Sorry its been so long between posts. I've been extremely busy with the business of parenting and homeschooling my 3, 6 and 15 year old children and reading up on lots of fascinating birthing stuff!
The reading I've been doing specifically relates to the impact life experiences have on the mother's feeling of wellness and comfort before, during and directly after the birthing process. I have been looking in particular at birth experiences for survivors of childhood trauma and abuse, and anxiety felt by women going into second and subsequent births who have had a negative experience in the past.
Literature on these issues is relatively sparse, but I have come across a couple of sites of interest such as a doula support site which has sections for women in their childbirthing year who are survivors of abuse and professionals working in the field. This site appealed to me for it's accessibility and non-patronising compassion for the women it's designed to assist.
The most practical/relevant book I found was written by Penny Simkin (childbirth educator, doula and author with over 30 years of experience in working with pregnancy and birth). When Survivors Give Birth: Understanding and Healing the Effects of Adult Survivors of Early Childhood Sexual Abuse on Childbearing Women is available on her (linked) website, at Book Depository and Amazon.
There are numerous complications for those survivors of childhood abuse who have not viewed and healed from their experiences of powerlessness and trauma. These issues may involve trust in medical personnel during examinations etc, lack of support/experience in setting healthy boundaries in the birthing process, a pervasive feeling of shame around their bodies and acute discomfort in discussing common symptoms of pregnancy (such as vaginal thrush, haemorrhoid's etc) with careworkers, and discomfort with the concept of breastfeeding and physical closeness.
I am aware that these issues are not limited to adult survivors, and of course all survivors of childhood trauma don't experience these symptoms, but the literature is clear that they are of heightened concern in these circumstances.
Another contributing factor to anxiety during labour that I've come across regularly in literature and interpersonally is a prior negative experience in giving birth and birth 'horror stories' told by other women which frighten expecting mothers (see my post on Birth Trauma Groups).
I know personally that after my first, highly medicalised birthgiving experience, I felt extreme trepidation when I thought about becoming pregnant again. The way I worked through my fears was by using rebirthing to relax and desensitise myself to the negative impact of my memories (psychological and cellular).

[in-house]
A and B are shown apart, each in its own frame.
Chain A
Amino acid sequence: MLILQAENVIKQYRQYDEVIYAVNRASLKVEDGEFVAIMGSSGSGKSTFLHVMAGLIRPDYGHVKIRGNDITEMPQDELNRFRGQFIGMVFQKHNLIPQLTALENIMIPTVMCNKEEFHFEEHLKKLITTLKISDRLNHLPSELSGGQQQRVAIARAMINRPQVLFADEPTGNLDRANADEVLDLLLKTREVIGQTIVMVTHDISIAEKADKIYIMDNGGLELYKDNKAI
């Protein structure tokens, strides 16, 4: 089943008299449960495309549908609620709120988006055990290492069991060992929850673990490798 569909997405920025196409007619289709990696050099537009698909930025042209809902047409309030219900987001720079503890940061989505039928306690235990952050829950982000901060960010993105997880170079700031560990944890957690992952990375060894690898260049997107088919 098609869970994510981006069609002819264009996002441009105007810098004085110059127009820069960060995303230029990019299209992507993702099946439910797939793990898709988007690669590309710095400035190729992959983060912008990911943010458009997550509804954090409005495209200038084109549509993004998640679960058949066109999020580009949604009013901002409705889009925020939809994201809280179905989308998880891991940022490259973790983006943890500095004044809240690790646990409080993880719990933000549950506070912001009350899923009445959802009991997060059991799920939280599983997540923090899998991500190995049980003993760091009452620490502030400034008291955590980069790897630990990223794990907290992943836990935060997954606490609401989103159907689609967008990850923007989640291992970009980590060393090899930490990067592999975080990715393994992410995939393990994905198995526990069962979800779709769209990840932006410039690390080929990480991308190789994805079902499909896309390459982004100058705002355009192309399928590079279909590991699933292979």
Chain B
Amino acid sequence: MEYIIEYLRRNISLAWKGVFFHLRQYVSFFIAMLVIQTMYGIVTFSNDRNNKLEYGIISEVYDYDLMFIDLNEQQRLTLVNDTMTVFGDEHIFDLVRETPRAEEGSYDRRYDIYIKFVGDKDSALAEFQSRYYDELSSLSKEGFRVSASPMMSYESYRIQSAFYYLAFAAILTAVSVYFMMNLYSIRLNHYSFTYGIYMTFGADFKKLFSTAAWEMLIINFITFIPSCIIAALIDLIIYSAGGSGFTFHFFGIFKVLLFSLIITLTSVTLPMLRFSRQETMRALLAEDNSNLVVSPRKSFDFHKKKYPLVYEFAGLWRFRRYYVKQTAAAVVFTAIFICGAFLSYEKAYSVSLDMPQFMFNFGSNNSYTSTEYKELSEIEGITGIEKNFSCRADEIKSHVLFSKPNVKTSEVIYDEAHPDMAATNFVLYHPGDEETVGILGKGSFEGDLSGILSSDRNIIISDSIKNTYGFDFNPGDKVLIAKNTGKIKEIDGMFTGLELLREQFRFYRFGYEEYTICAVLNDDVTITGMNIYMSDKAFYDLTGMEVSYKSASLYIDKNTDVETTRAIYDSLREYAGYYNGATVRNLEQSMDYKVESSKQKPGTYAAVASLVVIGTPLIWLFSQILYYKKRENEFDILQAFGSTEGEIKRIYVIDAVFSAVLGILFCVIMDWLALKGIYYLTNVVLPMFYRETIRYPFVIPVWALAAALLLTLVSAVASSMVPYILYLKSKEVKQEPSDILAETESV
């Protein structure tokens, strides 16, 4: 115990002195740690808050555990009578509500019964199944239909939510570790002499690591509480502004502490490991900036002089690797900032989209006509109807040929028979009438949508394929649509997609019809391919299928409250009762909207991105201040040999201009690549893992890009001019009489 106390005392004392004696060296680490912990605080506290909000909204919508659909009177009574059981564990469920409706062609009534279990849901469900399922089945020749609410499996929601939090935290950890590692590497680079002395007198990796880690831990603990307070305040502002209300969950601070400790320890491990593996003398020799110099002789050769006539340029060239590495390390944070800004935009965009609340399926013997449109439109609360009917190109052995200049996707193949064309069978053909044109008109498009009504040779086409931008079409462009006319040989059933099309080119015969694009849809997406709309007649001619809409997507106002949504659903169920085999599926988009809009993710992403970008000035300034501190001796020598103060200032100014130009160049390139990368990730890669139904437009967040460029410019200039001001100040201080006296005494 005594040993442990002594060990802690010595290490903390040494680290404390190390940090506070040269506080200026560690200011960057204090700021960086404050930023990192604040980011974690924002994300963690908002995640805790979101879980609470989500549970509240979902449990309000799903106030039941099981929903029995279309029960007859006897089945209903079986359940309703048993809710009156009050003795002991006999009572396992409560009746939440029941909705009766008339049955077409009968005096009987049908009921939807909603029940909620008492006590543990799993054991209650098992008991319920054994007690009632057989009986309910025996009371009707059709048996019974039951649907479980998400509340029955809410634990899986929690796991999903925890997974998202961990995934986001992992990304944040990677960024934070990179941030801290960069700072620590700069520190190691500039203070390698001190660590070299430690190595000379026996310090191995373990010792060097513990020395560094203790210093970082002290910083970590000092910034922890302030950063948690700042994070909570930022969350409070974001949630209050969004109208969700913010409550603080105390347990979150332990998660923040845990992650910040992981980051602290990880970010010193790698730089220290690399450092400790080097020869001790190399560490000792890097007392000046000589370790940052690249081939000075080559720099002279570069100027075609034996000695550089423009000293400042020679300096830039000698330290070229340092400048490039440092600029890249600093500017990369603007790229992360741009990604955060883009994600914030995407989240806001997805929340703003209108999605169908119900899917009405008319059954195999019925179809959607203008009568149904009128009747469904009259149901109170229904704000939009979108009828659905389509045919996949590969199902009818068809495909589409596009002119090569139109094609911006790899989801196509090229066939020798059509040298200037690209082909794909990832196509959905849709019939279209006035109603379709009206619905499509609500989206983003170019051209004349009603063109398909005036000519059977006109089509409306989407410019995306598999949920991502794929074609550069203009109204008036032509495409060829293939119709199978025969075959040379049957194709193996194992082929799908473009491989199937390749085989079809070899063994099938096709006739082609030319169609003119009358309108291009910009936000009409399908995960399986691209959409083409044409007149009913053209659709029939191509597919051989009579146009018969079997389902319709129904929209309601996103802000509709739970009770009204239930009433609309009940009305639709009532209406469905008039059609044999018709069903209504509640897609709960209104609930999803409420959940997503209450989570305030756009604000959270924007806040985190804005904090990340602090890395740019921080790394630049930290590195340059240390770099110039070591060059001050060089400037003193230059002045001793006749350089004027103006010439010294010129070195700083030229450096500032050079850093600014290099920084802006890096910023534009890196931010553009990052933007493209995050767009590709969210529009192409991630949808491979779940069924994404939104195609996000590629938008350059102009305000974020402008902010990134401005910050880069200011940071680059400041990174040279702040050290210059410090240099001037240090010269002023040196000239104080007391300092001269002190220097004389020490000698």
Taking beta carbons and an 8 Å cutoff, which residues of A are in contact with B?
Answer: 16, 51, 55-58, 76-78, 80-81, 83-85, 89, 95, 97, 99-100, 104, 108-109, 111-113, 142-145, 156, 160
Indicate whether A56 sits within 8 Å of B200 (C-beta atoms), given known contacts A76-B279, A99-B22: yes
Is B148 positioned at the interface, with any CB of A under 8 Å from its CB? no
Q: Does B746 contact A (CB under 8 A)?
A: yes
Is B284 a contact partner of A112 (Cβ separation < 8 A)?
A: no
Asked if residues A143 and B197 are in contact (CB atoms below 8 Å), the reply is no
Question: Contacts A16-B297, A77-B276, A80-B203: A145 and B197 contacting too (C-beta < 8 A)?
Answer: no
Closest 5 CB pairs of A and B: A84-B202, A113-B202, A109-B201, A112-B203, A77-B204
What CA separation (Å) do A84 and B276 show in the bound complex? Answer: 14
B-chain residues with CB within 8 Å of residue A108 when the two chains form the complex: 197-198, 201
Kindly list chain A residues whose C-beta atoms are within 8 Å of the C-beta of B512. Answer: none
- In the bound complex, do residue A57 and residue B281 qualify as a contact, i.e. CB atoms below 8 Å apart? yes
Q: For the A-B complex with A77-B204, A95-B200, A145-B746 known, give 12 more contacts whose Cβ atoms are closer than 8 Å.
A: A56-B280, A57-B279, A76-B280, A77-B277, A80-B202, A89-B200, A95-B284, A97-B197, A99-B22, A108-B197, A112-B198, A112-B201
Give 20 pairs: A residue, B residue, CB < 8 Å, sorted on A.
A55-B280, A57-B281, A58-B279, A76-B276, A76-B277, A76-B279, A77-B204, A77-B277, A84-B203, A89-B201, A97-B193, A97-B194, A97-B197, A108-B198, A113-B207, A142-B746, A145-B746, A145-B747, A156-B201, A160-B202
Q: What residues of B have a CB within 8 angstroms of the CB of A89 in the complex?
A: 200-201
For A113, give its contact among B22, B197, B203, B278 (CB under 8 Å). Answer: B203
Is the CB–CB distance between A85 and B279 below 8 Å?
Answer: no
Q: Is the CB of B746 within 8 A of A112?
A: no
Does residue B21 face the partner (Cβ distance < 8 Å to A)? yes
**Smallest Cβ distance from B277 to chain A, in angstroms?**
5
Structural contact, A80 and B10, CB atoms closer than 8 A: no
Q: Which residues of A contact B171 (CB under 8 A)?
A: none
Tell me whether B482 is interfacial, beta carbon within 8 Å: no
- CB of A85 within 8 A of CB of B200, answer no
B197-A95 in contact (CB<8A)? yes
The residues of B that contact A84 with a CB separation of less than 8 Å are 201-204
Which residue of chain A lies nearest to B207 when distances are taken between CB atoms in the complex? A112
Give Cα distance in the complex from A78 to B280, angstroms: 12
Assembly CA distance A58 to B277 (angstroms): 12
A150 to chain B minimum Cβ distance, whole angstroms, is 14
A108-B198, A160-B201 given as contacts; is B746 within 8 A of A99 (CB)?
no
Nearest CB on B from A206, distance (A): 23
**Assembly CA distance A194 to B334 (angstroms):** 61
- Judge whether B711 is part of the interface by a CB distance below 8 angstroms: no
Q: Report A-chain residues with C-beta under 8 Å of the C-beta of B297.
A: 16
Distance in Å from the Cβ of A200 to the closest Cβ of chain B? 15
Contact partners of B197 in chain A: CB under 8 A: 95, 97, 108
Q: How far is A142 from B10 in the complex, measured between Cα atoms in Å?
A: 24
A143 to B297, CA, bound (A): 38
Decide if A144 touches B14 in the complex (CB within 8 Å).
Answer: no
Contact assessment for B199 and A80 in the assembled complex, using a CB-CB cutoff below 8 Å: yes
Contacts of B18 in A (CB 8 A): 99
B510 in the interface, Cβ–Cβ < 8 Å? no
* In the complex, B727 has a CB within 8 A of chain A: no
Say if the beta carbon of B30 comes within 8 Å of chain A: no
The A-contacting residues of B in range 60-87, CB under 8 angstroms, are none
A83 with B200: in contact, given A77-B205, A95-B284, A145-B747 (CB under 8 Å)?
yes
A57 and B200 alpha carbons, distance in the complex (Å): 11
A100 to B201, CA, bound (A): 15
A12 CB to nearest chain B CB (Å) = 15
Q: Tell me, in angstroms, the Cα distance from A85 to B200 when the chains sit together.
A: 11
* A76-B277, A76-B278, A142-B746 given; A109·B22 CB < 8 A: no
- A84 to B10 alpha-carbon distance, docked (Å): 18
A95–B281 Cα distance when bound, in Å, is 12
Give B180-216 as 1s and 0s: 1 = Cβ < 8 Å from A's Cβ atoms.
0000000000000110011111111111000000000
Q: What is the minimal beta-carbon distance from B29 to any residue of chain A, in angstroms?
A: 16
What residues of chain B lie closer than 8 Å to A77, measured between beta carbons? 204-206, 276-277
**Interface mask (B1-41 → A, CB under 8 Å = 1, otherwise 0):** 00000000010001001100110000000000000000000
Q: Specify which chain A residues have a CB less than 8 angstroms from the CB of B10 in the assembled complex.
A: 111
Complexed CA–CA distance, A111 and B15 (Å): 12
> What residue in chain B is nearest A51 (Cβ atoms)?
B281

Eventually, with the help of a skilled rebirther/breathworker, I was able to embrace the experience of the birth and see the beauty in birthing the amazing baby I had delivered.
It seems incredible that something as simple as breathwork healed me and prepared me for a calm, relaxed birthing experience with my next child, yet this is what happened. My second child was born in an environment that I chose, with music, water and refreshingly free of unnecessary medical intervention (see My Waterbirth Story for Jay's birth). In short, I learned to trust my own ability to deliver my baby in the way women have been doing for thousands of years.
There are many ways to heal from these experiences, I chose rebirthing because I have seen it work many times as a client and a practitioner. Also because the nature of this therapy allows for the healing of our own birth experiences if that's what we need to do. This can have a direct physcal and emotional impact on how we birth our own children.
Danae Brooks makes this point in her book Nature Birth p105.....
Writing this post, I am reminded once again why it is so important that as a society we acknowledge the impact of individual experiences of women during times of pregnancy, birth and early days after baby is born and support mothers and babies wherever we can.
Professor Elizabeth Fehr (researcher/psychiatrist at the Institute of Natal Therapy in New York, early 1970's) believed that once an area of obstruction had been pinpointed, the obstruction could be released. By using what she called 'Natal Therapy' (Rebirthing) to help people recall their birth experiences, she herself could see the area in which they became 'stuck' or obstructed during labour and delivery.......... If the rebirthing is done under affectionate relaxed circumstances, the adult is also freed from having continually to act out his/her birth traumas, because this time there is no anaesthetic, no instruments, no interference, but a loving welcome.